Massachusetts offers a robust 25 percent tax credit with a $50,000 minimum spend and no annual or per production cap. 2016 saw a couple of titles about the 2013 Boston Marathon bombing: Peter Berg’s Patriot’s Day and David Gordon Green’s Stronger, as well as Mike White’s Brad’s Status, Netflix’s Wheelman, Bridgewater starring Jason Clarke and Super Troopers 2. With art-house venues like the Brattle Theatre in Cambridge, Coolidge Corner Theatre in Brookline and the Somerville Theatre in Somerville, there’s no shortage of viewing opportunities nearby. Come for the clam chowdah, stay for the long haul. Boston is sure to do big things at the movies in 2017.
Big Cities: 10. Memphis, Tennessee
2016 was a big year for Memphis. The city was home to Oscar-nominated Roland Joffé’s Sun Records series—a title that receives a $4.3 million cash refund on its $17 million in-state spend. In fact, the local commission’s film and TV clients generated a direct spend of $8,523,345 in 2016—a record-breaking figure and approximately eight times 2015’s direct spend.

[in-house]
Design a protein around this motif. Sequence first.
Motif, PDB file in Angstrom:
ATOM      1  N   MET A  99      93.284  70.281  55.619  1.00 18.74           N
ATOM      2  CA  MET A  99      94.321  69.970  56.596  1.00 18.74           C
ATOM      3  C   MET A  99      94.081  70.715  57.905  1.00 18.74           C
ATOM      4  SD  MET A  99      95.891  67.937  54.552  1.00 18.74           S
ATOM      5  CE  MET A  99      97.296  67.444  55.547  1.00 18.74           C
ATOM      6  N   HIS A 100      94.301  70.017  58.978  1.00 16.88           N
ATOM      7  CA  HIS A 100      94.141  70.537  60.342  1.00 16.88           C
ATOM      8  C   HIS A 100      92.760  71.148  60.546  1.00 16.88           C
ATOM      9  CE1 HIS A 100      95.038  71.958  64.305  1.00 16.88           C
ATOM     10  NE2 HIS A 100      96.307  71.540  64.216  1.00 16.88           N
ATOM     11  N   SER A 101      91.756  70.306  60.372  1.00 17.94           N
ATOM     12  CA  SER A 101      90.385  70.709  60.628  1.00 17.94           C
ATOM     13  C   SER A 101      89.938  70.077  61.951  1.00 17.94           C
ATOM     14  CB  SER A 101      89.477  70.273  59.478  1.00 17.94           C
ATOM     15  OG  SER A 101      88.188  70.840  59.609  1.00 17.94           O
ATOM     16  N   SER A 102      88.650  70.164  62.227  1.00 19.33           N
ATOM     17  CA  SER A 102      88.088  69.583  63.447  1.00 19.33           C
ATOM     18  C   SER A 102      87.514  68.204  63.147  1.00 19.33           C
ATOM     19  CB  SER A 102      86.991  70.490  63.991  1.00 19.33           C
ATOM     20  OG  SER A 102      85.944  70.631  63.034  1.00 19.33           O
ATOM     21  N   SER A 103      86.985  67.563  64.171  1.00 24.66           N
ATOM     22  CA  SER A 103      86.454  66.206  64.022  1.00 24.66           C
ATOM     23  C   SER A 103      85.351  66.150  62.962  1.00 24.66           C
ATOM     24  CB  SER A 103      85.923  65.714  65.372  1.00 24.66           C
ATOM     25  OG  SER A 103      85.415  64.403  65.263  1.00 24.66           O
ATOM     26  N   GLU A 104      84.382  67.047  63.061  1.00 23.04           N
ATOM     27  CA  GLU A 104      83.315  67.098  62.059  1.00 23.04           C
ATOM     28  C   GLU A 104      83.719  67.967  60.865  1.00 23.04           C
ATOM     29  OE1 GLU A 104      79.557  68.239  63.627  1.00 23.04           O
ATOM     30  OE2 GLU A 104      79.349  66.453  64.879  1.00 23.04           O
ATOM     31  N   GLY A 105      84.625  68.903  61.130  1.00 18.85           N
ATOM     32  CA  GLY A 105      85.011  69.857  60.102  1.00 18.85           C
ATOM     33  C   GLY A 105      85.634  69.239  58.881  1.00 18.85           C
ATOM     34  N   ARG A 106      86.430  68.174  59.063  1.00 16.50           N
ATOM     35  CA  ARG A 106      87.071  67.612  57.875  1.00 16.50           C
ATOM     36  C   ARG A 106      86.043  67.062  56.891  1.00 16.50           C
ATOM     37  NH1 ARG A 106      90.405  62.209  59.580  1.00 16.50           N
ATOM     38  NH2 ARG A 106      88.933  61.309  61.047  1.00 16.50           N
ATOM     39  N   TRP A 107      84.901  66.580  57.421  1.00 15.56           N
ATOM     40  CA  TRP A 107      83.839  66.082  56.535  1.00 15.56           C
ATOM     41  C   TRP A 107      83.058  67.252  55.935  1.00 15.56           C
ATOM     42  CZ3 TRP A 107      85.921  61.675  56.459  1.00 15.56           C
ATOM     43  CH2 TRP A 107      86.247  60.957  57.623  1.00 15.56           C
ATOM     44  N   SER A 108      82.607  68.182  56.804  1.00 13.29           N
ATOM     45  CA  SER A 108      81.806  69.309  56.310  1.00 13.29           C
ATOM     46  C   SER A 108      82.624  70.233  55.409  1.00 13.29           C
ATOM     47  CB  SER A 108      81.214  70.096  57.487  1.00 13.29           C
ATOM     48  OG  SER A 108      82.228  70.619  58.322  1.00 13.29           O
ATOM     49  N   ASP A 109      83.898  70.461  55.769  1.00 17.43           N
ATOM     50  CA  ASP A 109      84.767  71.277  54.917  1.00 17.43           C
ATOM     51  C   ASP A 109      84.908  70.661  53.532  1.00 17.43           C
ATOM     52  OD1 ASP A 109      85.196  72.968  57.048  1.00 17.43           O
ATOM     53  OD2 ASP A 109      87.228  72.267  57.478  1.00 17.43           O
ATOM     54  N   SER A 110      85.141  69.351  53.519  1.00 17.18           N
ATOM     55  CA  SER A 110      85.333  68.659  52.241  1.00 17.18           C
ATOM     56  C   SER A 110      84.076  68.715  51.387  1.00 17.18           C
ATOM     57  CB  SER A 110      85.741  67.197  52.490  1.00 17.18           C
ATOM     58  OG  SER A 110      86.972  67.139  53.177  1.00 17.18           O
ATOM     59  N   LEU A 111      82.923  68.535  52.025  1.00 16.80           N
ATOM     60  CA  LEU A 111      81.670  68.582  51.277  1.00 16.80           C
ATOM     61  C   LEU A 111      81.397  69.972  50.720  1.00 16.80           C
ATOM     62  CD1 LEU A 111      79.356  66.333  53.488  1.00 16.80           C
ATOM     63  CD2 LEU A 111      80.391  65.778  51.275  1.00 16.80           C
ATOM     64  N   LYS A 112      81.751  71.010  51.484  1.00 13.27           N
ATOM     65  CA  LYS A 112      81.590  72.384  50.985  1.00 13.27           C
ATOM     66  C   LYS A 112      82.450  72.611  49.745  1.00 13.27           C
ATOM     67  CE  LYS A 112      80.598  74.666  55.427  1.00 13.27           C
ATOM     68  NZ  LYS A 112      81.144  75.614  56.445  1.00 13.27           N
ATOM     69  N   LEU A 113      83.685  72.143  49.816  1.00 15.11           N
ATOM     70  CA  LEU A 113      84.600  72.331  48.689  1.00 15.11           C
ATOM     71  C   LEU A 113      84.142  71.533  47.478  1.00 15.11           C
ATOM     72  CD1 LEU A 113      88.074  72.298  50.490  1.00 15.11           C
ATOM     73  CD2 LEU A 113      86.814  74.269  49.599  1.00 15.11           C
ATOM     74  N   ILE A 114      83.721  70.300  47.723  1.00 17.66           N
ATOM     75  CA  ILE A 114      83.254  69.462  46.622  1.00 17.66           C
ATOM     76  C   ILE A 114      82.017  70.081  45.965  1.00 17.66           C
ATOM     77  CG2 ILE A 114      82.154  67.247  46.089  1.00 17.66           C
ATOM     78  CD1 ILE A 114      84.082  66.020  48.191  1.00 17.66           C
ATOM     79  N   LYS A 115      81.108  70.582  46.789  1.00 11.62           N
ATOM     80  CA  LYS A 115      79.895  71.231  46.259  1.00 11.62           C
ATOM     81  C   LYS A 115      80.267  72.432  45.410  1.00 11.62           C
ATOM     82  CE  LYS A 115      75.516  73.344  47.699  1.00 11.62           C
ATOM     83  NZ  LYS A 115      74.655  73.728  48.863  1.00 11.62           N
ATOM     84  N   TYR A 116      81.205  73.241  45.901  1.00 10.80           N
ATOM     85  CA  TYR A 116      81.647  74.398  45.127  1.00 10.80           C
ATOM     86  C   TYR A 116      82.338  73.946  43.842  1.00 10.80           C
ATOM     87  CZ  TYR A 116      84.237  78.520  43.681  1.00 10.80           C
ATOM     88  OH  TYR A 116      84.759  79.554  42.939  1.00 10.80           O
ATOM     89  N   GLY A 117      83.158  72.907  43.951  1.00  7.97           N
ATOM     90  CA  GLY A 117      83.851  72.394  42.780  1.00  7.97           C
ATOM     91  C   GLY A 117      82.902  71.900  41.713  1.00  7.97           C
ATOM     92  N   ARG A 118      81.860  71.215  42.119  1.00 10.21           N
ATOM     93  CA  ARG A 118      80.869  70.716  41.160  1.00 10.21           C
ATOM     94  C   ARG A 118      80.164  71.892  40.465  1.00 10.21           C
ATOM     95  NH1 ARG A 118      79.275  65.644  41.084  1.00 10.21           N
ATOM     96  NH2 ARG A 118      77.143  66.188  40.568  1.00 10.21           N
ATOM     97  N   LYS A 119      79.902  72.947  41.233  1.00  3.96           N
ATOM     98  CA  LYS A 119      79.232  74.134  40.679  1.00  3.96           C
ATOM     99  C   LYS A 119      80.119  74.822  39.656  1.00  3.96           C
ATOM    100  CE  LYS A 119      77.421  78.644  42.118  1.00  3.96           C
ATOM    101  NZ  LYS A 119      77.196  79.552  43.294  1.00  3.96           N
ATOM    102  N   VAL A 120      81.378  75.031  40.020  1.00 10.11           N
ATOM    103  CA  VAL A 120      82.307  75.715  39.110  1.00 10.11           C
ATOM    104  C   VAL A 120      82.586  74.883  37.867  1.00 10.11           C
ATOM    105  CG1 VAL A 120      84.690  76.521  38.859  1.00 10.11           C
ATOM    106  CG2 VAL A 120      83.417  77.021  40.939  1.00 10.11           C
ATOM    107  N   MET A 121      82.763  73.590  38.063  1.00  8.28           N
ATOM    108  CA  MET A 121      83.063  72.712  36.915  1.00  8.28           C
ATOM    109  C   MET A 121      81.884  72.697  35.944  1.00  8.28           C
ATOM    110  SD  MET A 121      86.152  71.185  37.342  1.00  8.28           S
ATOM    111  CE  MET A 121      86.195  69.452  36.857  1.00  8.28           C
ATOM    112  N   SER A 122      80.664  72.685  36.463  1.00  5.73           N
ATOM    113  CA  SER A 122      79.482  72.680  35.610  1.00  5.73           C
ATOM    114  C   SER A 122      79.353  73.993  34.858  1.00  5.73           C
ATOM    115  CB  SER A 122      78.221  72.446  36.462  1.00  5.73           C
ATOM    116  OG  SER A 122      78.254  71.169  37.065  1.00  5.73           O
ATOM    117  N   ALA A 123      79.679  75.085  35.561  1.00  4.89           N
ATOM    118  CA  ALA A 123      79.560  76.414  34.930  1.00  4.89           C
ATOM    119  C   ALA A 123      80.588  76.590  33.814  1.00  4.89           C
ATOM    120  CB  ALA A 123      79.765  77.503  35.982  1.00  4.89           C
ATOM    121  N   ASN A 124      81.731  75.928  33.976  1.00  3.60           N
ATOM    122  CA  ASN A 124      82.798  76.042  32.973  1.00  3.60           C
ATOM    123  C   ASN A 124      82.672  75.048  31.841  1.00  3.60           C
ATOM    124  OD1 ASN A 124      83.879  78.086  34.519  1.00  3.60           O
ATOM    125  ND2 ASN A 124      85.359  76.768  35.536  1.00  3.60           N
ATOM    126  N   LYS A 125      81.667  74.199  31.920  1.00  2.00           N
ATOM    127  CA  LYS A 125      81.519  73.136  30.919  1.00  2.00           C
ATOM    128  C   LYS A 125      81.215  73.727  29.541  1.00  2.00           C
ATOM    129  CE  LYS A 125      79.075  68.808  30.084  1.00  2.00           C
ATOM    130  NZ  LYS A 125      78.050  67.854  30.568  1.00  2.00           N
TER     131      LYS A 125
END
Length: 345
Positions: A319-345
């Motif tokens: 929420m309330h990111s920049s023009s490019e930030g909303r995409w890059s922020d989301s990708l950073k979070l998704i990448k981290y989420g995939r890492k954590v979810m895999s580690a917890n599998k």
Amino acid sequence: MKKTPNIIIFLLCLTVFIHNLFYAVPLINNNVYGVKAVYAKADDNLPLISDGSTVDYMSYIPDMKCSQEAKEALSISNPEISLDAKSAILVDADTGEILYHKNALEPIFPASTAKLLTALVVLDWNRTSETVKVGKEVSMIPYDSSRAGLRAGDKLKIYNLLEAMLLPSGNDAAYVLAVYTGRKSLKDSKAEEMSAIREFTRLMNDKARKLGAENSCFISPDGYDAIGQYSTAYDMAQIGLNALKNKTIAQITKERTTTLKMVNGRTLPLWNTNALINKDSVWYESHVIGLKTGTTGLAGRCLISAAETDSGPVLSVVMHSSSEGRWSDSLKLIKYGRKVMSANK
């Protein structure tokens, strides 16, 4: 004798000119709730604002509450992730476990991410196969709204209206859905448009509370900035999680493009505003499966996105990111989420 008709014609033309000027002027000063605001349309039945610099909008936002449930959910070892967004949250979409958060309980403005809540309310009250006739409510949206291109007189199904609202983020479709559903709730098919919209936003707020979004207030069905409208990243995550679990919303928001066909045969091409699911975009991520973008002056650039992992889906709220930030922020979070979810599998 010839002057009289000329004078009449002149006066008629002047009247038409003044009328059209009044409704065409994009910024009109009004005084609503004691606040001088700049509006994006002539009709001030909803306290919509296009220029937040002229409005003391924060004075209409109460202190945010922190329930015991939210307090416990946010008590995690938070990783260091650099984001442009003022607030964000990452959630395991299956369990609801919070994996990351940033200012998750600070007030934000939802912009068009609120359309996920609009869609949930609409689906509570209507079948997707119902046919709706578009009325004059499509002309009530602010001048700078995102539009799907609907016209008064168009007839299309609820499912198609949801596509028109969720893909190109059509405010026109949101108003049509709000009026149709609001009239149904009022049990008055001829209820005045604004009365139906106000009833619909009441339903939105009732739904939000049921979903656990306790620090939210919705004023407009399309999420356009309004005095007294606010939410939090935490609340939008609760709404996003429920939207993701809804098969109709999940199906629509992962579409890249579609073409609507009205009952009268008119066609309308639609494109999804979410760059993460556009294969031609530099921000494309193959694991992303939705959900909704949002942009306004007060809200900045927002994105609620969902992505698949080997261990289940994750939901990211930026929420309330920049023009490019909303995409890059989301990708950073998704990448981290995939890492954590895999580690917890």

The reason? “Memphis has become a hotbed for faith-based, independent, music-themed and African American-oriented films,” says Linn Sitler, commissioner of Memphis and Shelby County. “It is also now a magnet for reality-based television and network episodic TV.”
Speaking of record-breaking, the Indie Memphis Film Festival welcomed more attendees than ever last November: more than 11,000. In other festival news, a nice addition to Memphis’ scene was the WLOK Black Film Festival, sponsored by WLOK AM Radio and hosted by the Brooks Museum of Art—a platform to showcase movies that blend music, cinema and art, with a focus on black culture.
Not enough change for you? Well, the ever-diligent Film/TV Commission introduced a revamped online production directory in winter 2016, powered by Reel-Crew, to make hiring easier. And, to top it all off, the Harahan Bridge Big River Crossing—the longest public pedestrian bridge across the Mississippi—opened in fall, allowing pedestrians and cyclists to cross the river to West Memphis, Arkansas. You get all of this in one of the consistently cheapest cities in America—proving that you need not sacrifice culture and vibrancy when living on a budget.